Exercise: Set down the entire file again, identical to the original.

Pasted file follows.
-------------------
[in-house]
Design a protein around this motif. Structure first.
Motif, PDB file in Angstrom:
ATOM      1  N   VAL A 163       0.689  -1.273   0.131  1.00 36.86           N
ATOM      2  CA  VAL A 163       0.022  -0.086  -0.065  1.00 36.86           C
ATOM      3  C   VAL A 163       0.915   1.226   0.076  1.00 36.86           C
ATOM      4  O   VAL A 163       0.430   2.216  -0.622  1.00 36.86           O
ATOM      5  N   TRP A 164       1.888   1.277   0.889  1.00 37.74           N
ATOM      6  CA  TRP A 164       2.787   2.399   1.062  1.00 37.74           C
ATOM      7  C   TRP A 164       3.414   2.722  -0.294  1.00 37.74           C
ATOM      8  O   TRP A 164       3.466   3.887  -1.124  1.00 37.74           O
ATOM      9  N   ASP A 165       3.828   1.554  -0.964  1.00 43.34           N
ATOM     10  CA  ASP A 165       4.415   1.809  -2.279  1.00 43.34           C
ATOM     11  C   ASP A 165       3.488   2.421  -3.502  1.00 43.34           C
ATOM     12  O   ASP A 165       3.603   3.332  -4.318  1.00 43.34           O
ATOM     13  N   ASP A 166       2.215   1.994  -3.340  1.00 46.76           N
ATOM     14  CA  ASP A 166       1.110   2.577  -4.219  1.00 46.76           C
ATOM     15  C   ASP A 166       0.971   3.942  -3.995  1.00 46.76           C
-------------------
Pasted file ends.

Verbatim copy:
[in-house]
Design a protein around this motif. Structure first.
Motif, PDB file in Angstrom:
ATOM      1  N   VAL A 163       0.689  -1.273   0.131  1.00 36.86           N
ATOM      2  CA  VAL A 163       0.022  -0.086  -0.065  1.00 36.86           C
ATOM      3  C   VAL A 163       0.915   1.226   0.076  1.00 36.86           C
ATOM      4  O   VAL A 163       0.430   2.216  -0.622  1.00 36.86           O
ATOM      5  N   TRP A 164       1.888   1.277   0.889  1.00 37.74           N
ATOM      6  CA  TRP A 164       2.787   2.399   1.062  1.00 37.74           C
ATOM      7  C   TRP A 164       3.414   2.722  -0.294  1.00 37.74           C
ATOM      8  O   TRP A 164       3.466   3.887  -1.124  1.00 37.74           O
ATOM      9  N   ASP A 165       3.828   1.554  -0.964  1.00 43.34           N
ATOM     10  CA  ASP A 165       4.415   1.809  -2.279  1.00 43.34           C
ATOM     11  C   ASP A 165       3.488   2.421  -3.502  1.00 43.34           C
ATOM     12  O   ASP A 165       3.603   3.332  -4.318  1.00 43.34           O
ATOM     13  N   ASP A 166       2.215   1.994  -3.340  1.00 46.76           N
ATOM     14  CA  ASP A 166       1.110   2.577  -4.219  1.00 46.76           C
ATOM     15  C   ASP A 166       0.971   3.942  -3.995  1.00 46.76           C